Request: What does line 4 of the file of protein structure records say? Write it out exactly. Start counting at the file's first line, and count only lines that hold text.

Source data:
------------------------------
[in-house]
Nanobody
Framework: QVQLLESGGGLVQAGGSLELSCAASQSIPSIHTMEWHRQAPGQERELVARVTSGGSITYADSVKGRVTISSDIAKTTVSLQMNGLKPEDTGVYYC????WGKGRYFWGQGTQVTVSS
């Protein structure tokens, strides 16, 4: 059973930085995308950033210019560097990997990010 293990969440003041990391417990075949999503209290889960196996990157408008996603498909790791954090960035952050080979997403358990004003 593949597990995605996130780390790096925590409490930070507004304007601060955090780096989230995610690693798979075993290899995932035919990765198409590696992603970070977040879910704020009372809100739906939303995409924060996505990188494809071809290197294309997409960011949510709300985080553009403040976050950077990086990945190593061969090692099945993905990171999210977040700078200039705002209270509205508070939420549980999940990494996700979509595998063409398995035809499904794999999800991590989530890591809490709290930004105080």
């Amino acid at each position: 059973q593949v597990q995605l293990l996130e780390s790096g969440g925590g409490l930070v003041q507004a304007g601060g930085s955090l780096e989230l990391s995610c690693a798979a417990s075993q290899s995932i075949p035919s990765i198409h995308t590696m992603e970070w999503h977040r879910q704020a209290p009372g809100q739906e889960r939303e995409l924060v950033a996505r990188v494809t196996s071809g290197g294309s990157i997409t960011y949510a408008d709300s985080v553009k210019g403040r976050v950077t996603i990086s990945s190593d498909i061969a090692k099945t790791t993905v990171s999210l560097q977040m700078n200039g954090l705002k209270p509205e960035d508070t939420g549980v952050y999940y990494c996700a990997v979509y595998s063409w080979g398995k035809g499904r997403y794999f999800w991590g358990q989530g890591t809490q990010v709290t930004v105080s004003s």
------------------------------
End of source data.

């Protein structure tokens, strides 16, 4: 059973930085995308950033210019560097990997990010 293990969440003041990391417990075949999503209290889960196996990157408008996603498909790791954090960035952050080979997403358990004003 593949597990995605996130780390790096925590409490930070507004304007601060955090780096989230995610690693798979075993290899995932035919990765198409590696992603970070977040879910704020009372809100739906939303995409924060996505990188494809071809290197294309997409960011949510709300985080553009403040976050950077990086990945190593061969090692099945993905990171999210977040700078200039705002209270509205508070939420549980999940990494996700979509595998063409398995035809499904794999999800991590989530890591809490709290930004105080």